You could argue that a lot of the performances are phoned in with massive exception of Eddie Redmayne.
A lot has been said about his performance as Balem Abrasax, one of the three Abrasax siblings that make up the film’s core antagonists. He is over the top and whispers just about all of his lines. Some have said this is a performance of someone trying to collect a paycheck. I argue the exact opposite of the case. This is someone with a firm grasp on what the material is, and is a making a choice. The right choice. It reminded me of Jeremy Irons in Dungeons & Dragons.
Now that movie is an unimaginative piece of shit, but you can tell Irons is having a blast playing the part. The same could be said of Redmayne here. The material is absolutely insane so it requires a performance that is as equally insane. I just wish more of the cast was on his level of commitment.
Now lets talk about the negatives, and there are quite a few.
Beyond the out-of-this world visuals, the core story is disappointingly conventional. It basically amounts to a tweaked version of the Neo arc in the Matrix trilogy with a young hero plucked from an boring life into world they never knew existed. Not only that, but the hero is also the savior of this world. Somehow they’ve created a lead that is even more boring than Neo. Mila Kunis, an actress known for bringing life to even the most thankless of roles, plays Jupiter as a feisty albeit vulnerable woman. Beyond that though, she doesn’t have much in the personality department. She barely even registers as a cliche. Not only that but she is also constantly being saved time after time, and never feels like an active participant in the action going on. The film essentially has two climaxes. Both of which has Jupiter being saved from one of the Abrasax brothers while she is on the verge of making a choice that would ultimately lead to her death. It’s as if to say the Wachowskis knew this wouldn’t get a sequel, and threw the last half of the second movie in this one.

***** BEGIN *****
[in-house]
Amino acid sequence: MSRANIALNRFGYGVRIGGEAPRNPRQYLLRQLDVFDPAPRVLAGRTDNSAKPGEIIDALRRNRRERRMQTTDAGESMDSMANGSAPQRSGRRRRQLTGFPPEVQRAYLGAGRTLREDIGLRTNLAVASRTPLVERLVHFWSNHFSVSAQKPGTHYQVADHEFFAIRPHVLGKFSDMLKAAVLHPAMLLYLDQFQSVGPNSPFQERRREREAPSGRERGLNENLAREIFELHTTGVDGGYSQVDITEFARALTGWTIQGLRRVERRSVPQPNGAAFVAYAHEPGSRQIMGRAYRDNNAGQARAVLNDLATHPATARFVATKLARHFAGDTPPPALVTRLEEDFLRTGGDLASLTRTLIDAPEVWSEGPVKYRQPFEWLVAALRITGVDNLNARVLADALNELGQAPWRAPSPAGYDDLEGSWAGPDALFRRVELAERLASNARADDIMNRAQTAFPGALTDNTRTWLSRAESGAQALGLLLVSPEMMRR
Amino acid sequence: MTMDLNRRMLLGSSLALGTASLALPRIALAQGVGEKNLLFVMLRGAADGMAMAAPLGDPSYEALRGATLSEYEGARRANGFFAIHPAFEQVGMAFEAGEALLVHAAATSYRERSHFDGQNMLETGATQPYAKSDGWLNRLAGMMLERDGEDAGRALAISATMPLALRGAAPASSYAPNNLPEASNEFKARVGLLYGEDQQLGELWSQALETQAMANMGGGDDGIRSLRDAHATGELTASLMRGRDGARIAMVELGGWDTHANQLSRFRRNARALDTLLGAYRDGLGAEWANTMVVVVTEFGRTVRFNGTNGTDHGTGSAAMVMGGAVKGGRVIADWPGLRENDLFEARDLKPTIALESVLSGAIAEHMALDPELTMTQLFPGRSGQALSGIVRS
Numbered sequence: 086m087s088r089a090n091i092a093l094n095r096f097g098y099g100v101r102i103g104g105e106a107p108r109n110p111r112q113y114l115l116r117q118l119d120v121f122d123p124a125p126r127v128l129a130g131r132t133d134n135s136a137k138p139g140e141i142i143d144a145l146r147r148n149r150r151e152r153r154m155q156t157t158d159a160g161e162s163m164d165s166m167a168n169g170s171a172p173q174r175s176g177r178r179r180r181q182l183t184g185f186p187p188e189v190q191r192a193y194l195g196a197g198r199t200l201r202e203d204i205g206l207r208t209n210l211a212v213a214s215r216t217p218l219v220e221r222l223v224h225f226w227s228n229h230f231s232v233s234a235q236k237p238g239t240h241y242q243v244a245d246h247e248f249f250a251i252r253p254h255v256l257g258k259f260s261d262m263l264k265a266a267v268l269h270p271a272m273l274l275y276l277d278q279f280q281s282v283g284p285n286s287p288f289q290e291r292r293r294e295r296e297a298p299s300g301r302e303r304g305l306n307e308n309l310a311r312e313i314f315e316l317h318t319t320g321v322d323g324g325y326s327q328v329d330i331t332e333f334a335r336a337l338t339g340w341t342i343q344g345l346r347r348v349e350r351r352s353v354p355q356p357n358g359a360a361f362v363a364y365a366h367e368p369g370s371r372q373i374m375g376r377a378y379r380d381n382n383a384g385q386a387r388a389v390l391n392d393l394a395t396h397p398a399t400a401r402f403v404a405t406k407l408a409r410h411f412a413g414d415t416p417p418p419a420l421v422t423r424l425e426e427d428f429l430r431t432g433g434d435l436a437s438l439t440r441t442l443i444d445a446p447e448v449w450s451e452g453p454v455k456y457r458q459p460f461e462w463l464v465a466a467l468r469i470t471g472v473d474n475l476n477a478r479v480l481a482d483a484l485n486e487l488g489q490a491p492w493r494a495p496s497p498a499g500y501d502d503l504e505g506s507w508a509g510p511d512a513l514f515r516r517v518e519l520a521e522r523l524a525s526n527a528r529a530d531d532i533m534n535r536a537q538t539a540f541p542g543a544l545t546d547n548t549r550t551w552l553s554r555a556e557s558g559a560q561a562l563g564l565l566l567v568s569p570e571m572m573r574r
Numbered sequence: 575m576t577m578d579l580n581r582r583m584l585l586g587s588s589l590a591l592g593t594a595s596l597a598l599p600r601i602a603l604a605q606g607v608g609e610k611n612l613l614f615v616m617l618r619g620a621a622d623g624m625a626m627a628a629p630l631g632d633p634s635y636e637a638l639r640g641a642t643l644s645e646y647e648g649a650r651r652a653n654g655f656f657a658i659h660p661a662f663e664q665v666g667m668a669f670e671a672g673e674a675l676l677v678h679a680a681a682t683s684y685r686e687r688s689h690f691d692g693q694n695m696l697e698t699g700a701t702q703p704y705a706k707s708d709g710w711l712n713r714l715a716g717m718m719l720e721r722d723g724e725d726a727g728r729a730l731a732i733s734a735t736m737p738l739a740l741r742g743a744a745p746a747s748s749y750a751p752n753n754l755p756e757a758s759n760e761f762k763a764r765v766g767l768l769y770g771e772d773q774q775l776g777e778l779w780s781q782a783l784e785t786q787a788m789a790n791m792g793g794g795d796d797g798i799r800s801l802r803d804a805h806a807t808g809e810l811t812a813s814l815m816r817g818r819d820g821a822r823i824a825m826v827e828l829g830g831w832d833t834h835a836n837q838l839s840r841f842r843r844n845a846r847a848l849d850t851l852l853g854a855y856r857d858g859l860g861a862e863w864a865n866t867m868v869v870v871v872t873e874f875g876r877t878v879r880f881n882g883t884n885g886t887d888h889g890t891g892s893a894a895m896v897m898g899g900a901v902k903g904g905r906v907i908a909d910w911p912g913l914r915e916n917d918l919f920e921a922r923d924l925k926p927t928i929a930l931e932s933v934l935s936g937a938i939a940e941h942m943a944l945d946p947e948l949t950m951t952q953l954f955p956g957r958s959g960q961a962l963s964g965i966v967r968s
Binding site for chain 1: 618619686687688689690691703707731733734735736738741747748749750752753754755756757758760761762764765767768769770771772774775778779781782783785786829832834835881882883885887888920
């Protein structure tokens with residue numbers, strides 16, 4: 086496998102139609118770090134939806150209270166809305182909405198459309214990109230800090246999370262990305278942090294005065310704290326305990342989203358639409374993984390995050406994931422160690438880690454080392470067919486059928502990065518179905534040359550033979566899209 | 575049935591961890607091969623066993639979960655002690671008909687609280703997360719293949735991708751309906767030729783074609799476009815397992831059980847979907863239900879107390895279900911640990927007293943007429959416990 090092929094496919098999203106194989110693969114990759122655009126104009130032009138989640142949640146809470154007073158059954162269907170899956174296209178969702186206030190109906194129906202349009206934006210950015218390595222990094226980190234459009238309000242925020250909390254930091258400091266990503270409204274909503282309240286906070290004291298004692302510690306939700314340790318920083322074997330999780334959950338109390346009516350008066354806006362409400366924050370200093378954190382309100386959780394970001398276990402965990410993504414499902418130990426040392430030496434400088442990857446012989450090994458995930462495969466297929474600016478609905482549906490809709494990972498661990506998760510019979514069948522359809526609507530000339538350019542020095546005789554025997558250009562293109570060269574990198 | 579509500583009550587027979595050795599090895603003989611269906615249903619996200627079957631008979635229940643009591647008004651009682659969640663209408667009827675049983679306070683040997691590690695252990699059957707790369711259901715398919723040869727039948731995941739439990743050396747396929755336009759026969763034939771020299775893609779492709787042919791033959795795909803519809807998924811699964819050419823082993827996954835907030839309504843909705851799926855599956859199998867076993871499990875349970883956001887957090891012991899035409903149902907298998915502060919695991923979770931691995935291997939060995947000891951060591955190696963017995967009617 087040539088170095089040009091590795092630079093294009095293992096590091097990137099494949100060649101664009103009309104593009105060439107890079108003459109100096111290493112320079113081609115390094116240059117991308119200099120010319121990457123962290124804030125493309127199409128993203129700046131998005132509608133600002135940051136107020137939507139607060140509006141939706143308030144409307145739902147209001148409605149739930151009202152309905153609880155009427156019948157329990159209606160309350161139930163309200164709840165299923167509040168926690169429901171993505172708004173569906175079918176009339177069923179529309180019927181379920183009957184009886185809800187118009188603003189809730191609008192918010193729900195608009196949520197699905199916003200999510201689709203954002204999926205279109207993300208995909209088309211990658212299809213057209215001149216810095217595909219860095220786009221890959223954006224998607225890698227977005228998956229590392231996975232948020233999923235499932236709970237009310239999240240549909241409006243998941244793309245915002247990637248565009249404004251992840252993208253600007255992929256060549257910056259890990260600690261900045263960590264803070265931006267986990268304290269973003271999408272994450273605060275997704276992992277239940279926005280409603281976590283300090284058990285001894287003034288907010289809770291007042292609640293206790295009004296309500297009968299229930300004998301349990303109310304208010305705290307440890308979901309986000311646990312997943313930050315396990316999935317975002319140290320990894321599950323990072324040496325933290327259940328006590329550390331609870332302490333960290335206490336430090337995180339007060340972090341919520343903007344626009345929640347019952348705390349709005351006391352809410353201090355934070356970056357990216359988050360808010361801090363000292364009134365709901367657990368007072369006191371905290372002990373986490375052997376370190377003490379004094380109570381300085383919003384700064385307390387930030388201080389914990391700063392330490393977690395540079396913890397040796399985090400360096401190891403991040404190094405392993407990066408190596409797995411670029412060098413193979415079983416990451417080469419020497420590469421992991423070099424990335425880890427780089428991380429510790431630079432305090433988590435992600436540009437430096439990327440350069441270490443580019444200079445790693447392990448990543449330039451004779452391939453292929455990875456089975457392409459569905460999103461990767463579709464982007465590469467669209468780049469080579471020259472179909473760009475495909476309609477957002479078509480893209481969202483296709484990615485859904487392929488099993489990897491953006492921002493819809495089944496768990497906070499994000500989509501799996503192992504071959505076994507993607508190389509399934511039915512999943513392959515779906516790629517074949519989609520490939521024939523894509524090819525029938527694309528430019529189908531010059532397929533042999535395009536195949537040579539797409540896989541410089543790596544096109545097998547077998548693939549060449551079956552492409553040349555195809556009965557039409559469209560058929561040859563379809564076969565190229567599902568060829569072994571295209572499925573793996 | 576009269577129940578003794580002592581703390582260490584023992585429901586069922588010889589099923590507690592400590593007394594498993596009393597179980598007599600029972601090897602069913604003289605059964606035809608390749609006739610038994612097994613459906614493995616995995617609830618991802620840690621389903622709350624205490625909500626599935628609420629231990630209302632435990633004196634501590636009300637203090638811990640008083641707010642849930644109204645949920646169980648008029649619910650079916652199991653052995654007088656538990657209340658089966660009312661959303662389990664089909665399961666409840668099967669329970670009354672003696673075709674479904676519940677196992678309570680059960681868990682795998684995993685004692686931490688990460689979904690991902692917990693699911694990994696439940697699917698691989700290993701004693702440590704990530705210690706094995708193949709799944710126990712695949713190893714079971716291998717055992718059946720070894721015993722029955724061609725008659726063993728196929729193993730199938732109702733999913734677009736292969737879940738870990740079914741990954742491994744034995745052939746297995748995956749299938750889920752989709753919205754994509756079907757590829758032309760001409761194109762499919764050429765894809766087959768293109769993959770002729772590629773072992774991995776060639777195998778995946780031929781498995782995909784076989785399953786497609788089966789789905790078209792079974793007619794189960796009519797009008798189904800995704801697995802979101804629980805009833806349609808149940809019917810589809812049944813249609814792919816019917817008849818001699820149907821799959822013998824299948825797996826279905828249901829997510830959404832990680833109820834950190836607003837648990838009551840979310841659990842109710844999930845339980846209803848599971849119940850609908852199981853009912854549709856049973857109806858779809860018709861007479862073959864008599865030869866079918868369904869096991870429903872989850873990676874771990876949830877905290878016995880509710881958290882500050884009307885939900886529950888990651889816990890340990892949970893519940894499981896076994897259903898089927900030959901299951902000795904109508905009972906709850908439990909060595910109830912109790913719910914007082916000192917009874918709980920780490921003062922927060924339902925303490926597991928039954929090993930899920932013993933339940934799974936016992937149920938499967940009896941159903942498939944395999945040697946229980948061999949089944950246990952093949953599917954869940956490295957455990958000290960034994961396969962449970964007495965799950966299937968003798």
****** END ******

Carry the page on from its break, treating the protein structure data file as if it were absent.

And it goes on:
When you boil it down, this movie is stupid. Utterly and unequivocally stupid, but where does it say that we can’t have fun with stupid science fiction that at least aims for the stars. As the great Weird Al once said, “Dare to be stupid!” This isn’t a 2-and-half hour chore like the Transformers movies have become. This is a ride on the crazy train that is actually just as much fun as it is confounding. We have almost a full year before Star Wars pulls out its massive, multi-million dollar wang and decimates every film record that lays in its wake. Consider this the desert you steal before the massive main course. Science fiction outside of Star Wars can be fun, people. Writers (i.e. people that actually get paid to do this) have shit all over this film and others have praised it. Neither is wrong. I fall somewhere firmly in the middle. I LOVED aspects of it, and was lukewarm to a majority of it. I don’t particularly care about the “themes” or the bigger meaning that may or may not be at play because ultimately I don’t think the filmmakers did either. (I think it had something to do with space inheritance law?) I think this movie was in the same ballpark as something like Battlefield Earth, but actually does things right and provides moments of sheer excitement, all while having laughably stupid moments to keep you invested. It’s schlock, but it’s passionate schlock. I’d rather have a shitty movie that went for it, than a shitty movie that played it safe. The script and most of the cast is lazy, but everything else is a goddamn treat. Call it a guilty pleasure. I won’t disagree, but every once in a while I NEED cheesecake.